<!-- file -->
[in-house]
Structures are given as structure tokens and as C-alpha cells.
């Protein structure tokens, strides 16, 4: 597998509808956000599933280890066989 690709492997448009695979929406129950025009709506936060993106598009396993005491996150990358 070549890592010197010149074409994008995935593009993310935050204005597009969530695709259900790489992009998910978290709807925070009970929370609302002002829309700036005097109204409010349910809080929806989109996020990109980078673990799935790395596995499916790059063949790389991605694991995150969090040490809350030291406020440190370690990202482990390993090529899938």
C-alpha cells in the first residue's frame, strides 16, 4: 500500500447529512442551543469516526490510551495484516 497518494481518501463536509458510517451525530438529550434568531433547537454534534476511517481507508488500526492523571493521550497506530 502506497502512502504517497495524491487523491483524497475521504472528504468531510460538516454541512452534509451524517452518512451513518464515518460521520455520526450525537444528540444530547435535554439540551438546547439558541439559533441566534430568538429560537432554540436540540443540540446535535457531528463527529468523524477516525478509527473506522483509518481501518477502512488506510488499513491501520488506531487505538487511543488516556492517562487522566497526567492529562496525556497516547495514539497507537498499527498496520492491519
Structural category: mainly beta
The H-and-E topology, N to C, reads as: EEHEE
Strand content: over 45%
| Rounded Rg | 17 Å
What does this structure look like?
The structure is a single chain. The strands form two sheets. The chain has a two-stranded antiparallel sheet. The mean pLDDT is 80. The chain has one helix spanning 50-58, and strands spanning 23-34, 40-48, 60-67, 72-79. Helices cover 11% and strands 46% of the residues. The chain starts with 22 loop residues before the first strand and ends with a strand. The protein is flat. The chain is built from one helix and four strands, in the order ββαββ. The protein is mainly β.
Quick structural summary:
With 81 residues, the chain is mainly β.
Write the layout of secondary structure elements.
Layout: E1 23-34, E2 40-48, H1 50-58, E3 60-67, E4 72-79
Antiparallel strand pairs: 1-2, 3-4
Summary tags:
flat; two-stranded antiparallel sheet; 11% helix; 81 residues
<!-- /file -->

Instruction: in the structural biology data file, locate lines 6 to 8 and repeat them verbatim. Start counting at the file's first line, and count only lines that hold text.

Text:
The H-and-E topology, N to C, reads as: EEHEE
Strand content: over 45%
| Rounded Rg | 17 Å